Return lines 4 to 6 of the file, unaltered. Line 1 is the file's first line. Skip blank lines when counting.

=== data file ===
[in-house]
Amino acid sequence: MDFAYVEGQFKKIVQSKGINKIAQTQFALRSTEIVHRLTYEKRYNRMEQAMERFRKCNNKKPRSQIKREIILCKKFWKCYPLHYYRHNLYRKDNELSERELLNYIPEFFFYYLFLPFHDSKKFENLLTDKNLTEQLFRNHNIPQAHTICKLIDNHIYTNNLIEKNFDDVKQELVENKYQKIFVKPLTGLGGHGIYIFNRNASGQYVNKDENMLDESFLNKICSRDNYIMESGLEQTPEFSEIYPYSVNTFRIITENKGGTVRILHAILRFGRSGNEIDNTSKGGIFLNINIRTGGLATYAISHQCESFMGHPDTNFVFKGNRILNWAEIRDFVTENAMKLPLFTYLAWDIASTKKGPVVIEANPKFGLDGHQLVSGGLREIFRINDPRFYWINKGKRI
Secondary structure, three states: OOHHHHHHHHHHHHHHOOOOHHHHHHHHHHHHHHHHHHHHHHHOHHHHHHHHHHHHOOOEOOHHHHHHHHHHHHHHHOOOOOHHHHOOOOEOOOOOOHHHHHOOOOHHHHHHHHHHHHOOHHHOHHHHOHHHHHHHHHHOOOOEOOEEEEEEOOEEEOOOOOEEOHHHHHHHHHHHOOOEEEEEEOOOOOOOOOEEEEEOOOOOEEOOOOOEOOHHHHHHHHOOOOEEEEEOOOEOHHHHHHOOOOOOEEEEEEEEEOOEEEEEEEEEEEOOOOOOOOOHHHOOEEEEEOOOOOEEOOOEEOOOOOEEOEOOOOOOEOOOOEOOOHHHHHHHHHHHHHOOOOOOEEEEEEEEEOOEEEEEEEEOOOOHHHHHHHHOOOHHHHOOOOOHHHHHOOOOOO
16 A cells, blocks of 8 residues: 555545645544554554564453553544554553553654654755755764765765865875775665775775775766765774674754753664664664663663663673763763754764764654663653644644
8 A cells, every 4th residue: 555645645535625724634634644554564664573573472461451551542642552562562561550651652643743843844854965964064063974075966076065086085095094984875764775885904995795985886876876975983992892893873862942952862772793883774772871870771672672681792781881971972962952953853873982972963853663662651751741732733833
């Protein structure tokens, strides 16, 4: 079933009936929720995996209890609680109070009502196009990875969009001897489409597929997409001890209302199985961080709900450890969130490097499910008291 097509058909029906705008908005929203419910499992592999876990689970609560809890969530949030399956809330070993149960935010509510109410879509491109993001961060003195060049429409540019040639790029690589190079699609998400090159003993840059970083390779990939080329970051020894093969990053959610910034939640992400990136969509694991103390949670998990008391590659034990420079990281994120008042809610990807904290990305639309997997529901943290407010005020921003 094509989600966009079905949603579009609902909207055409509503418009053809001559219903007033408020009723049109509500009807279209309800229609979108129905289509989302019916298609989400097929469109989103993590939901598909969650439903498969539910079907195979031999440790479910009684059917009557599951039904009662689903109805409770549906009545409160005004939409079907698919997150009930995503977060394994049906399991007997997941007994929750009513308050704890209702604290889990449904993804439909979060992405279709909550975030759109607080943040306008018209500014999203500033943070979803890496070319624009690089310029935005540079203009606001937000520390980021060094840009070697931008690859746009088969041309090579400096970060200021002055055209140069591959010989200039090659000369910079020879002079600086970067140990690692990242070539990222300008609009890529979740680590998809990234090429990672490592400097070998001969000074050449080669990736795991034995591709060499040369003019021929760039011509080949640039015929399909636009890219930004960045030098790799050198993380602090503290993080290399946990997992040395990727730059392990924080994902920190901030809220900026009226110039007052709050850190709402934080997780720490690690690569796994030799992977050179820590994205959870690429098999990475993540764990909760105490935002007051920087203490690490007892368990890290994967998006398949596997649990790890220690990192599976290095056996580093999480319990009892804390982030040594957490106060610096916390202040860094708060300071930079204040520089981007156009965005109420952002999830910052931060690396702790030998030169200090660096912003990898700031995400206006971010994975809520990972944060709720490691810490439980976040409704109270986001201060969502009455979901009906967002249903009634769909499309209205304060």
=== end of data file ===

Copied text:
16 A cells, blocks of 8 residues: 555545645544554554564453553544554553553654654755755764765765865875775665775775775766765774674754753664664664663663663673763763754764764654663653644644
8 A cells, every 4th residue: 555645645535625724634634644554564664573573472461451551542642552562562561550651652643743843844854965964064063974075966076065086085095094984875764775885904995795985886876876975983992892893873862942952862772793883774772871870771672672681792781881971972962952953853873982972963853663662651751741732733833
């Protein structure tokens, strides 16, 4: 079933009936929720995996209890609680109070009502196009990875969009001897489409597929997409001890209302199985961080709900450890969130490097499910008291 097509058909029906705008908005929203419910499992592999876990689970609560809890969530949030399956809330070993149960935010509510109410879509491109993001961060003195060049429409540019040639790029690589190079699609998400090159003993840059970083390779990939080329970051020894093969990053959610910034939640992400990136969509694991103390949670998990008391590659034990420079990281994120008042809610990807904290990305639309997997529901943290407010005020921003 094509989600966009079905949603579009609902909207055409509503418009053809001559219903007033408020009723049109509500009807279209309800229609979108129905289509989302019916298609989400097929469109989103993590939901598909969650439903498969539910079907195979031999440790479910009684059917009557599951039904009662689903109805409770549906009545409160005004939409079907698919997150009930995503977060394994049906399991007997997941007994929750009513308050704890209702604290889990449904993804439909979060992405279709909550975030759109607080943040306008018209500014999203500033943070979803890496070319624009690089310029935005540079203009606001937000520390980021060094840009070697931008690859746009088969041309090579400096970060200021002055055209140069591959010989200039090659000369910079020879002079600086970067140990690692990242070539990222300008609009890529979740680590998809990234090429990672490592400097070998001969000074050449080669990736795991034995591709060499040369003019021929760039011509080949640039015929399909636009890219930004960045030098790799050198993380602090503290993080290399946990997992040395990727730059392990924080994902920190901030809220900026009226110039007052709050850190709402934080997780720490690690690569796994030799992977050179820590994205959870690429098999990475993540764990909760105490935002007051920087203490690490007892368990890290994967998006398949596997649990790890220690990192599976290095056996580093999480319990009892804390982030040594957490106060610096916390202040860094708060300071930079204040520089981007156009965005109420952002999830910052931060690396702790030998030169200090660096912003990898700031995400206006971010994975809520990972944060709720490691810490439980976040409704109270986001201060969502009455979901009906967002249903009634769909499309209205304060």